That group was cited as an inspiration by Dylann Roof, who is charged with murdering nine congregants at the historically black Mother Emanuel AME Church in Charleston, S.C.
The CCC made reservations at the Guesthouse Inn, which told The Tennessean on Thursday that it had canceled them. CCC board member Brad Griffin confirmed to The Tennessean that the group had been refunded its money and did not plan to hold its event in Nashville.
"This is definitely not what the Guesthouse Inn represents," Guesthouse Inn Director of Sales Michelle Jameson told The Tennessean on Thursday.
Jameson had said the decision was made by the hotel after "it was brought to our attention to what this group might possibly be."
Griffin disavowed any link with Roof and criticized the groups threatening to protest the hotel had the council met there.
"The most outrageous thing about this is you have these people posturing as civil rights groups when their real agenda is taking away the civil rights of others," Griffin said.
Undoubtedly, this was not an easy short-term business decision, given the lost revenue. In the long term, though, it will have been the right thing to do.
In 2014 the SPLC's HateWatch blog named Tennessee a "hate tourism mecca" because a handful of white supremacist groups held events throughout the state.
The term "mecca" is unfortunate given the recent history of discrimination leveled at the growing Muslim community in Middle Tennessee and beyond. Think about the resistance to the mosque in Murfreesboro this past decade.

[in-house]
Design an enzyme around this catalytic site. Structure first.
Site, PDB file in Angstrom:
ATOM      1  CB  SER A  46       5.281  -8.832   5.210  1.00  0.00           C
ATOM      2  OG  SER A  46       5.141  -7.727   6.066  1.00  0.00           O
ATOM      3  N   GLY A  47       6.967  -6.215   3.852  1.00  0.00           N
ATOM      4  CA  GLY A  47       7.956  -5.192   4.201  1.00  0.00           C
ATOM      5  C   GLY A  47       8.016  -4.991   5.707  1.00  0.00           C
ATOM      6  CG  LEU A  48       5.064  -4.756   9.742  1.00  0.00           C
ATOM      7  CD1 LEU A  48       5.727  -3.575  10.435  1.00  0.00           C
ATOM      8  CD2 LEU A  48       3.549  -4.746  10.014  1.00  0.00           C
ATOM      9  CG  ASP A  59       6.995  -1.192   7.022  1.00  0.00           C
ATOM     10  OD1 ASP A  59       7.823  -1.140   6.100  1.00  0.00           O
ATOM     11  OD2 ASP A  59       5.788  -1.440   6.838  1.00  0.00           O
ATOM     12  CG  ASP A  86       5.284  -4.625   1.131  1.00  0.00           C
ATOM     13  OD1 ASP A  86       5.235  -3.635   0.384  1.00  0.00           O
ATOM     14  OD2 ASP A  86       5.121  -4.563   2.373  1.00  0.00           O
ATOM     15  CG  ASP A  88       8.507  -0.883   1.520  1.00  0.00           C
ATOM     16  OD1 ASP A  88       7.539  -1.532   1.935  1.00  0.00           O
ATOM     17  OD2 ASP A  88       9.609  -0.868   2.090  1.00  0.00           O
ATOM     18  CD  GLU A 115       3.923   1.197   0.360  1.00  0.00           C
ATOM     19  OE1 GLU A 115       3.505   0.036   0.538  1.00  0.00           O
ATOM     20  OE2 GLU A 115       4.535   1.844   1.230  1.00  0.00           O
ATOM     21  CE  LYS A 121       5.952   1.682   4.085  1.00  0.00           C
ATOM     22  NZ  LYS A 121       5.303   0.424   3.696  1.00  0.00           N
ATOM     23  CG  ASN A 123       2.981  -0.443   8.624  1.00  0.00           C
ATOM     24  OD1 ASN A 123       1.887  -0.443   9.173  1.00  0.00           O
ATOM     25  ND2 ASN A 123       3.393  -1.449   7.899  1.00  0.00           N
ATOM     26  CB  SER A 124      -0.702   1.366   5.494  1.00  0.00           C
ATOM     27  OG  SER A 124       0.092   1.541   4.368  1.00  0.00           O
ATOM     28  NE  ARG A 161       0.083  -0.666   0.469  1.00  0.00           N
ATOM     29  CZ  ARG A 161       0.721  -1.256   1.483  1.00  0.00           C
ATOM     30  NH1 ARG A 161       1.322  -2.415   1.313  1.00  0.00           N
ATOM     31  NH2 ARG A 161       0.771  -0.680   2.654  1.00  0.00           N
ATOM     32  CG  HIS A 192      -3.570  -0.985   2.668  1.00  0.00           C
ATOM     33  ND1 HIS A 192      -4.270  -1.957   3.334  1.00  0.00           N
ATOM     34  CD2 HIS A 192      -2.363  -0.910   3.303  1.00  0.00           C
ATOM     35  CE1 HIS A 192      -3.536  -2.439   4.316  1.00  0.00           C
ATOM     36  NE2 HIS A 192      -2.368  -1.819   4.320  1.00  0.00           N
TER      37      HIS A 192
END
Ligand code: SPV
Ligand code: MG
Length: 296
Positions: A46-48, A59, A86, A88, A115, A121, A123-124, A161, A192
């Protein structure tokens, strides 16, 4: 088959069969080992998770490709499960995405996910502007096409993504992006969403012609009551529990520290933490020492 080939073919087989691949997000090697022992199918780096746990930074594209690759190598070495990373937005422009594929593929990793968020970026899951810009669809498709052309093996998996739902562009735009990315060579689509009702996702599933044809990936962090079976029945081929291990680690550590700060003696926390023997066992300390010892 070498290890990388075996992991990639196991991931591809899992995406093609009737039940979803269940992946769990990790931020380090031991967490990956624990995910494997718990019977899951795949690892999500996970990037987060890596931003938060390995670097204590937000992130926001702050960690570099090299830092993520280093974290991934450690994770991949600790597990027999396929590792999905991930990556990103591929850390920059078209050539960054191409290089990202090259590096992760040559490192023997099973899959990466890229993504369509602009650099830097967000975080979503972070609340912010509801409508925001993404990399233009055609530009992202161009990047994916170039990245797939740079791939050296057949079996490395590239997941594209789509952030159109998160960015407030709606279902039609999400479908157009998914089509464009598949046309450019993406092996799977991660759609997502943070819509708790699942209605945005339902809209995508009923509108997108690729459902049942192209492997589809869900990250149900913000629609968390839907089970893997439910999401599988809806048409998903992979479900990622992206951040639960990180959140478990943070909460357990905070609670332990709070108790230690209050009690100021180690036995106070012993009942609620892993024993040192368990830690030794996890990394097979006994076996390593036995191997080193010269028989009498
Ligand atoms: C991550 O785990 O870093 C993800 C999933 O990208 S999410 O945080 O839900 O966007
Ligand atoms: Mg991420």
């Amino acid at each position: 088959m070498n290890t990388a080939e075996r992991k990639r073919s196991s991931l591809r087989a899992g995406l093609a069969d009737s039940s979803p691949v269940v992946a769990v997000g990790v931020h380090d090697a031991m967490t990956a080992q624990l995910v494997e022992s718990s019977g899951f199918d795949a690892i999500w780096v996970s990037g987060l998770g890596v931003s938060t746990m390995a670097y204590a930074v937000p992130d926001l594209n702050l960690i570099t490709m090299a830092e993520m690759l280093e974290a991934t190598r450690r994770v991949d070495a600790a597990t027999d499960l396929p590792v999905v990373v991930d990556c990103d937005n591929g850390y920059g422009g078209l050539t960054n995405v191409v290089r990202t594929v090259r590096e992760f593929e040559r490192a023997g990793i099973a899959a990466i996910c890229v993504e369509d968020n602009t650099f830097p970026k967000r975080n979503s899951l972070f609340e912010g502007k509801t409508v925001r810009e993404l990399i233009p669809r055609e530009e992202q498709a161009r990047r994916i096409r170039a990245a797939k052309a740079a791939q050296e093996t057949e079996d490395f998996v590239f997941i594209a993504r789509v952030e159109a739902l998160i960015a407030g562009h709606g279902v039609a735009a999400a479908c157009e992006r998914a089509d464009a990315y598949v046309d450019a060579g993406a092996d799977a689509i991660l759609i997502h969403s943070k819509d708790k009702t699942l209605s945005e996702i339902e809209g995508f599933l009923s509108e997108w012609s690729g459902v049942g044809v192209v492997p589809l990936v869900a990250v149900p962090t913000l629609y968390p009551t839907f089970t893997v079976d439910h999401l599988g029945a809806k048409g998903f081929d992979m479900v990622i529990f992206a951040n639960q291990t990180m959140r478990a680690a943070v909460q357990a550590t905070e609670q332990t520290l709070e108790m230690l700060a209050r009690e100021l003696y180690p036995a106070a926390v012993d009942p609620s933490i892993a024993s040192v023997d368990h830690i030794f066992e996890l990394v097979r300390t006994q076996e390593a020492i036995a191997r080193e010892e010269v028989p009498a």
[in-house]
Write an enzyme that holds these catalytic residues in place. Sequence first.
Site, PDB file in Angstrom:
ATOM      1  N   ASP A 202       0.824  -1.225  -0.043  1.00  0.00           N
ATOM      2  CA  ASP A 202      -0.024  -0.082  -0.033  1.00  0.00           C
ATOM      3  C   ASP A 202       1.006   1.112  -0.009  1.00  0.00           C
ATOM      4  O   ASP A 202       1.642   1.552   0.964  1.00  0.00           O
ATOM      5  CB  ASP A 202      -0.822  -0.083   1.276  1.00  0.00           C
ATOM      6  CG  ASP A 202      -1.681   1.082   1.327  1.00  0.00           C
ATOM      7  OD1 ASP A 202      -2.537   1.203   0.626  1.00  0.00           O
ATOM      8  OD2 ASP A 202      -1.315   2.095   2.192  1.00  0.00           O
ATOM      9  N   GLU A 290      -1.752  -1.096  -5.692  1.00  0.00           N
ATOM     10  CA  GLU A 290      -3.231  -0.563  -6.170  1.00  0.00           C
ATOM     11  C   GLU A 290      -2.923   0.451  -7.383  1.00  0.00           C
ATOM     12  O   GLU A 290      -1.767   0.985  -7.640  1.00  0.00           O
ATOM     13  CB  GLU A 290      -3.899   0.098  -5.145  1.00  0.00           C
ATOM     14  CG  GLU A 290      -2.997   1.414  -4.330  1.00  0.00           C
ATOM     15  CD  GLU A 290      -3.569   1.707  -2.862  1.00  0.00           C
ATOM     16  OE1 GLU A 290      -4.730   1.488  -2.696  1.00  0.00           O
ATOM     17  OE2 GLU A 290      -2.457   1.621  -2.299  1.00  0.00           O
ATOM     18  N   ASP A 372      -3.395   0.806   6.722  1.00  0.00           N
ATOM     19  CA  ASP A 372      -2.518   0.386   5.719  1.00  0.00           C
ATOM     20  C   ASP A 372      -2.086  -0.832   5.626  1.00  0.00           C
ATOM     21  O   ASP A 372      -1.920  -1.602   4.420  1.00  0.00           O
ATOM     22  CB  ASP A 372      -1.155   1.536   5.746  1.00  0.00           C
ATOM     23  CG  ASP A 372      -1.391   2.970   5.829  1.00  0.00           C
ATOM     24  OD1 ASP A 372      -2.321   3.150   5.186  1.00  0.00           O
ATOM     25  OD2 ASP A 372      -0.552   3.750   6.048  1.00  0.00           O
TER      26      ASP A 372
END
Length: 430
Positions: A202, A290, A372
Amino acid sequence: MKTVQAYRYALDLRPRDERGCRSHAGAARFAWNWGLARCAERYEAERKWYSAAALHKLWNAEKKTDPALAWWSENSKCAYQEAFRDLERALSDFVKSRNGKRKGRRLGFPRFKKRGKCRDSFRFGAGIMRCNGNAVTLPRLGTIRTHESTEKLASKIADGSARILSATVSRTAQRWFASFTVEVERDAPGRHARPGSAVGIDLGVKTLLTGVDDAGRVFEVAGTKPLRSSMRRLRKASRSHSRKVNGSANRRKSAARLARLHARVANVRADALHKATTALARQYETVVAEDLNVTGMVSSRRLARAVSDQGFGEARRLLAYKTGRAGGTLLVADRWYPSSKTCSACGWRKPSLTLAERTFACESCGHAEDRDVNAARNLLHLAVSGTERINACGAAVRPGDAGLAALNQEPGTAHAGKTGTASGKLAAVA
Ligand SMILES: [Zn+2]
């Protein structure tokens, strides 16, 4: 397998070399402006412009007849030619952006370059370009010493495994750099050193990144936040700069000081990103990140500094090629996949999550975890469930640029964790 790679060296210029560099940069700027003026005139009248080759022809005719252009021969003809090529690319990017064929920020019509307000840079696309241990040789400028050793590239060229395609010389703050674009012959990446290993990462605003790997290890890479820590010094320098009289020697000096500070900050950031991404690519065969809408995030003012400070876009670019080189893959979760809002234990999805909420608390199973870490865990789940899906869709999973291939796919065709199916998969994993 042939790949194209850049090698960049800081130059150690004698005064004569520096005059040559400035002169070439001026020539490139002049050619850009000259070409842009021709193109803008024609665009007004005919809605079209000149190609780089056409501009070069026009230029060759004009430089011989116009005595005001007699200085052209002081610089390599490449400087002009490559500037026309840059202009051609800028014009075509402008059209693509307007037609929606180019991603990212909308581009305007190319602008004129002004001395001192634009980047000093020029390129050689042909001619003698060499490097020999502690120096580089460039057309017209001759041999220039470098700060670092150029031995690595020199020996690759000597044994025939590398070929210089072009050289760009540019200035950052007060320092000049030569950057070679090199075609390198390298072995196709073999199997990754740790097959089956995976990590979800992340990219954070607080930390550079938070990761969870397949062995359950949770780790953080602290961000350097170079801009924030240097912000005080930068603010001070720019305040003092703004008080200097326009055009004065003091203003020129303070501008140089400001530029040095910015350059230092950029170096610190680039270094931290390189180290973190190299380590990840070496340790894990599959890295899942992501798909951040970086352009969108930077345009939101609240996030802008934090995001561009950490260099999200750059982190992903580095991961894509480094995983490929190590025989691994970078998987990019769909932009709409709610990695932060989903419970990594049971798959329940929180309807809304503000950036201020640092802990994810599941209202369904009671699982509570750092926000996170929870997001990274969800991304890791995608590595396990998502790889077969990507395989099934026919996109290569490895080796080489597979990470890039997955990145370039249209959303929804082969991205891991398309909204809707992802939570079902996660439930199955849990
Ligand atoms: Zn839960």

What has drawn people to Nashville, especially, has been its embrace of people of all sorts, which has led to the city's growth and prosperity.
That's what makes this community so special.
Johnson City Press on state tuition grants.
East Tennessee State University was recently awarded a $95,000 grant to aid veterans who wish to enroll in classes. The allocation is part of $1 million in competitive tuition grants for veterans going to 11 state colleges and universities.
These grants are part of Gov. Bill Haslam's "Drive to 55" initiative designed to increase the number of Tennesseans with a certificate or degree beyond high school. Certainly, helping veterans to earn a degree that will increase their earning potential is a worthy goal.
That being said, however, we would also like to point out there are other Tennesseans who deserve the same chance.
Earlier this week, Assistant News Editor Nathan Baker reported that wages in our region lag behind those paid to employees in other parts of this state and nation. One reason for this, officials say, is a lack of education among the area's workforce.
Given the current employment environment, the only practical option available to low-wage workers looking to improve their earning power is to return to school. Unfortunately, earning an advanced degree has become increasingly expensive in Tennessee. That's why the number of non-traditional students enrolling in state colleges and universities has declined in the last decade.
These non-traditional students are often supporting families by working jobs that pay salaries that make them ineligible to receive many of the grants and scholarships available to others.
Tuition hikes have priced higher education out of the reach for many high school graduates. Some of these Tennesseans might be lucky enough to find the opportunity to learn a skill or trade that will help them to land a good-paying job.
Others, however, will simply end up in jobs that pay a minimum wage. Like veterans, these non-traditional students also deserve a helping hand from the state.